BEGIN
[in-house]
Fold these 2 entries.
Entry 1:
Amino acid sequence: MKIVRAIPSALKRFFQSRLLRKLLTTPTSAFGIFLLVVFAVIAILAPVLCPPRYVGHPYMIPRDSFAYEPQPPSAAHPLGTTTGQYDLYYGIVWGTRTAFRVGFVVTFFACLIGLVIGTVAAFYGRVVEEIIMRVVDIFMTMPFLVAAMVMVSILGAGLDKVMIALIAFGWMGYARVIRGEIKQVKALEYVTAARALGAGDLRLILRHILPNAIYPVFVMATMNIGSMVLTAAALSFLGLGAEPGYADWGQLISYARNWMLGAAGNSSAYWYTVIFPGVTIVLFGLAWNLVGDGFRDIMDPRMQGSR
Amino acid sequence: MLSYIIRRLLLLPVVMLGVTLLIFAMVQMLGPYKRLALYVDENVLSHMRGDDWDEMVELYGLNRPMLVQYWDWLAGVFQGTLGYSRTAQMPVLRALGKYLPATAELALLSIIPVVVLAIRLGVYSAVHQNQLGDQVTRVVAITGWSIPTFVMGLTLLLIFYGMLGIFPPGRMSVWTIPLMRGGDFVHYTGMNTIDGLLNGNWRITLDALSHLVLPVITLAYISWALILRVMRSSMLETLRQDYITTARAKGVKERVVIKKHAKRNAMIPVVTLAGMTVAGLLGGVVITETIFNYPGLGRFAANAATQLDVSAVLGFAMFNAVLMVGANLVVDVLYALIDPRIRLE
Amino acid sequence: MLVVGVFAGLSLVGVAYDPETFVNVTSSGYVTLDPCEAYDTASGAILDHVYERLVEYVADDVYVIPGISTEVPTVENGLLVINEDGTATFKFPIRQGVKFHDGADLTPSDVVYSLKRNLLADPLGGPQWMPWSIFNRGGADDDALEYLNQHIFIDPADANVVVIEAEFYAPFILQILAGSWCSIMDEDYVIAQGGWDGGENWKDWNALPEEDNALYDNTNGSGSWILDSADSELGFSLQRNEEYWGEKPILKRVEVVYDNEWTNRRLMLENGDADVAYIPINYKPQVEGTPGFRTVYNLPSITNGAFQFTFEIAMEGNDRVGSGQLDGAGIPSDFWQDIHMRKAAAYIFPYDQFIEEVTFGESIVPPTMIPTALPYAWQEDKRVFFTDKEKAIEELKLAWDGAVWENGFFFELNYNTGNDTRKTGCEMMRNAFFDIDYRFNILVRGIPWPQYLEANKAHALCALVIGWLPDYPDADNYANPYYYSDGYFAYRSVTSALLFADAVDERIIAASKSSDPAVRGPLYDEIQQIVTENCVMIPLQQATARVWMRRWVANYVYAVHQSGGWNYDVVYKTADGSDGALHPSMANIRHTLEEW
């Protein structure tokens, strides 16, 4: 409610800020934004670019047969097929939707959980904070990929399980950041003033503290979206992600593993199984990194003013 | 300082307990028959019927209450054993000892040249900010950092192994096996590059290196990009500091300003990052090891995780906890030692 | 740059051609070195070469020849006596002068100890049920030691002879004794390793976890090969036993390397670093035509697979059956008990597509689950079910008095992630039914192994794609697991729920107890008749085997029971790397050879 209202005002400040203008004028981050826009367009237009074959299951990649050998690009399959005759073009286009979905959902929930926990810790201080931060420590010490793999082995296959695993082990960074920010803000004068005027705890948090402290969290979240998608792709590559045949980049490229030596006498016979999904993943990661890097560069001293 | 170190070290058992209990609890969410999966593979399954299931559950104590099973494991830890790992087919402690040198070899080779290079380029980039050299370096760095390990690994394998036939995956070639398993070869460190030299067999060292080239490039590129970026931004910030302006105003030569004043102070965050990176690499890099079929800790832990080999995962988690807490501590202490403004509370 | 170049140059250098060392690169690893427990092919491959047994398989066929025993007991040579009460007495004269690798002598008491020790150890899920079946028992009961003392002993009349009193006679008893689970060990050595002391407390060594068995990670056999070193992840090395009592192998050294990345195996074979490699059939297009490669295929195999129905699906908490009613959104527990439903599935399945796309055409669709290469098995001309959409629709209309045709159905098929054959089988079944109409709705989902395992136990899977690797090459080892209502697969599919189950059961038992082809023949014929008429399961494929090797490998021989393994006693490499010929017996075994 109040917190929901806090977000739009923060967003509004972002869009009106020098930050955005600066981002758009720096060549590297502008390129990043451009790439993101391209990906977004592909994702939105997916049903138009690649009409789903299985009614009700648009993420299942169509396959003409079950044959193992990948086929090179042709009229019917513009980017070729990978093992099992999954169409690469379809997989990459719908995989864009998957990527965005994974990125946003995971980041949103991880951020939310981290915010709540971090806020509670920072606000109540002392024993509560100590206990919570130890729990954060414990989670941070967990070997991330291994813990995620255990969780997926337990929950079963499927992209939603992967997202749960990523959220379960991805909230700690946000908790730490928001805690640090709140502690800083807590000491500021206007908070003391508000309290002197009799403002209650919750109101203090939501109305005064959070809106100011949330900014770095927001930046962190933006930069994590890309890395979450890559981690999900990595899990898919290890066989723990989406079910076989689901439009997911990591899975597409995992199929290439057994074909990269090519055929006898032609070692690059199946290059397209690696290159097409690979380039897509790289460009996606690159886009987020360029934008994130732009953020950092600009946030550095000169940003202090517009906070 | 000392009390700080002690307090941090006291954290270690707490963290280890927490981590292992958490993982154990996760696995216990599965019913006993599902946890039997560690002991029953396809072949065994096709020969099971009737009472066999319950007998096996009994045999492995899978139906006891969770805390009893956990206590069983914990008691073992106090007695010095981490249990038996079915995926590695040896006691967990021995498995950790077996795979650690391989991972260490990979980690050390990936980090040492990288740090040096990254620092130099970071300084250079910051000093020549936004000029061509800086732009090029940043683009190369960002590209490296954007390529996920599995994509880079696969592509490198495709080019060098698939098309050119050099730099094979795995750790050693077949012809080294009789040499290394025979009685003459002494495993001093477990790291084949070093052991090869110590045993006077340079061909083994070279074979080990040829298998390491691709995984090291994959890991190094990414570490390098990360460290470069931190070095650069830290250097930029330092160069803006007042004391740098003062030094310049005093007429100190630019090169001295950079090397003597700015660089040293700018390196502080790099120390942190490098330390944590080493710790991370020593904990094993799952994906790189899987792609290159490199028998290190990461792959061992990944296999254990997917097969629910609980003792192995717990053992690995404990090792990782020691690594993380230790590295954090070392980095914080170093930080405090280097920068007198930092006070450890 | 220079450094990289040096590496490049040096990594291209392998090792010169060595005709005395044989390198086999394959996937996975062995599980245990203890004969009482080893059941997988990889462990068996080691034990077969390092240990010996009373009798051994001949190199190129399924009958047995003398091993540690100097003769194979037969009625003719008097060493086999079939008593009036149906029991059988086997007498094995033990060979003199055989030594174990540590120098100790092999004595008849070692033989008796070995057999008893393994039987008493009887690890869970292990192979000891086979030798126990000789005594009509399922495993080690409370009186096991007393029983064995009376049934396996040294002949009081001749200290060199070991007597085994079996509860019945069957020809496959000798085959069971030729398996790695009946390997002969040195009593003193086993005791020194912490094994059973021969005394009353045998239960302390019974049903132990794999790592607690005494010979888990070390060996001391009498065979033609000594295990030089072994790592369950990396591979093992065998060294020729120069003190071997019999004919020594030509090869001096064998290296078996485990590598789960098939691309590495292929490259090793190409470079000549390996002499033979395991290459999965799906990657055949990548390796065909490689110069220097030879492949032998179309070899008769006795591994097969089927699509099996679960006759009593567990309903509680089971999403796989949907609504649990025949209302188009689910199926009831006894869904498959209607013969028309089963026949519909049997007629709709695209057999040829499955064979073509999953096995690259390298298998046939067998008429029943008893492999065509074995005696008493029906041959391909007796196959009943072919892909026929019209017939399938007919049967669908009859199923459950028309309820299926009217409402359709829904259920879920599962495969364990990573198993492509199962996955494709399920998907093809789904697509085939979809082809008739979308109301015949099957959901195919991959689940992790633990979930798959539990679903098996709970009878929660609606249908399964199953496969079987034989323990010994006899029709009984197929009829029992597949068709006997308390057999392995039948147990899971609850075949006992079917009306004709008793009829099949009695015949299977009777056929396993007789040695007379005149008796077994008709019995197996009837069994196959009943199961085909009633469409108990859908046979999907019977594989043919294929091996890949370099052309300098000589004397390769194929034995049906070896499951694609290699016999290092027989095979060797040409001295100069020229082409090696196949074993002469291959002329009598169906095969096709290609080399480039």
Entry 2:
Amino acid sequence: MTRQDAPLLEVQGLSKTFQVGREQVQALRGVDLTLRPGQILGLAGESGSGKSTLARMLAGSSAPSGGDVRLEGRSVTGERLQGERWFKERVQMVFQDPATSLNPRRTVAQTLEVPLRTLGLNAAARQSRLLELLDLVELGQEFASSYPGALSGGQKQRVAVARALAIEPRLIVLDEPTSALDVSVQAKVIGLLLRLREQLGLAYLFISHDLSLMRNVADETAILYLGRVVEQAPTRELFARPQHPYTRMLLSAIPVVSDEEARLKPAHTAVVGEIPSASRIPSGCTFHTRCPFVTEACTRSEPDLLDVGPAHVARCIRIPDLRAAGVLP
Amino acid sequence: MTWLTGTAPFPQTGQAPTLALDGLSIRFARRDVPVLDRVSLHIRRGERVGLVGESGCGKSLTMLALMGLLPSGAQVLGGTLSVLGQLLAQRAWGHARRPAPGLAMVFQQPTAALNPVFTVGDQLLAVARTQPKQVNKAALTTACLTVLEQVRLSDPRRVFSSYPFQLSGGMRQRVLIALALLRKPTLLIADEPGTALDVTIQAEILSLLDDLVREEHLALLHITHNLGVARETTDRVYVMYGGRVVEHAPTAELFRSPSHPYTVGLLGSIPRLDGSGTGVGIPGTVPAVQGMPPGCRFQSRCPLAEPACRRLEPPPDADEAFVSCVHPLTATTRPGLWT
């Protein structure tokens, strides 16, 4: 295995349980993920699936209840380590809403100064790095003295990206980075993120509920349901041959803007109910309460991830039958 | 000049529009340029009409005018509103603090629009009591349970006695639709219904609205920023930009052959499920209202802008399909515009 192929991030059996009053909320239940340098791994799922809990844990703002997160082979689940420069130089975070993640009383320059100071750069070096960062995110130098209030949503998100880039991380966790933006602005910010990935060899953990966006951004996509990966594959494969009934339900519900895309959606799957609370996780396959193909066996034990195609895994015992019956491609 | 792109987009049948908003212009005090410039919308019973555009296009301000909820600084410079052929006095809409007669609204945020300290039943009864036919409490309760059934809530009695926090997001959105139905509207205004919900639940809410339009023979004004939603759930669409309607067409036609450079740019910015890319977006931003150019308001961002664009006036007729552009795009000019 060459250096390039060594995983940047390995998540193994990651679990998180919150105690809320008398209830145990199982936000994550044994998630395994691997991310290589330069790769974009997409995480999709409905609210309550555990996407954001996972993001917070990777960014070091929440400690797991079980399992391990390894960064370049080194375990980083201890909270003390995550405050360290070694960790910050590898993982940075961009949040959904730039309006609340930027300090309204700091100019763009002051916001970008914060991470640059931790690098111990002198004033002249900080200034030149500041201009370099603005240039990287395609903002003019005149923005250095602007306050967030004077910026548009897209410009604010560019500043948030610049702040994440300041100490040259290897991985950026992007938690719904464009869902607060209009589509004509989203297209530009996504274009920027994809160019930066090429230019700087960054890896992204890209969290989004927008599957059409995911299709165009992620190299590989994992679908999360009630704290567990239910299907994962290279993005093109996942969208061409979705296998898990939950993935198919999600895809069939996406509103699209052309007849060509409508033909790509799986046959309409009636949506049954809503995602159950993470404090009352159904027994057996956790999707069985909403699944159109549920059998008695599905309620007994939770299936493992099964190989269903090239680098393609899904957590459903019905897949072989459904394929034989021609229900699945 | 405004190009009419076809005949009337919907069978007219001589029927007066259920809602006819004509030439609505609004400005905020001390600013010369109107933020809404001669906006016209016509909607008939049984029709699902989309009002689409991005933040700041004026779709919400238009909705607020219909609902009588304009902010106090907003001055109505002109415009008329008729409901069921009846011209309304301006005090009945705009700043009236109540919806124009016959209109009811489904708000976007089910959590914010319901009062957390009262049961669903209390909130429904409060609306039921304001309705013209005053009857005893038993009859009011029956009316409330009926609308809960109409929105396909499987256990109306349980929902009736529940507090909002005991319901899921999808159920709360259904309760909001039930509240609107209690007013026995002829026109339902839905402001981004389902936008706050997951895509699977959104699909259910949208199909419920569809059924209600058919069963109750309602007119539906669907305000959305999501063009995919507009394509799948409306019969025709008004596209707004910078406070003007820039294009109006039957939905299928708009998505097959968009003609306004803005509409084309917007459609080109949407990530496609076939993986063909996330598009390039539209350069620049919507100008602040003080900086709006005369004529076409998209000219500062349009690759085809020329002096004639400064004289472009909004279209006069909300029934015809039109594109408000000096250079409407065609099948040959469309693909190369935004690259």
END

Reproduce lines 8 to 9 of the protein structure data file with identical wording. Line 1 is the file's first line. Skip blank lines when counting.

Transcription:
Entry 2:
Amino acid sequence: MTRQDAPLLEVQGLSKTFQVGREQVQALRGVDLTLRPGQILGLAGESGSGKSTLARMLAGSSAPSGGDVRLEGRSVTGERLQGERWFKERVQMVFQDPATSLNPRRTVAQTLEVPLRTLGLNAAARQSRLLELLDLVELGQEFASSYPGALSGGQKQRVAVARALAIEPRLIVLDEPTSALDVSVQAKVIGLLLRLREQLGLAYLFISHDLSLMRNVADETAILYLGRVVEQAPTRELFARPQHPYTRMLLSAIPVVSDEEARLKPAHTAVVGEIPSASRIPSGCTFHTRCPFVTEACTRSEPDLLDVGPAHVARCIRIPDLRAAGVLP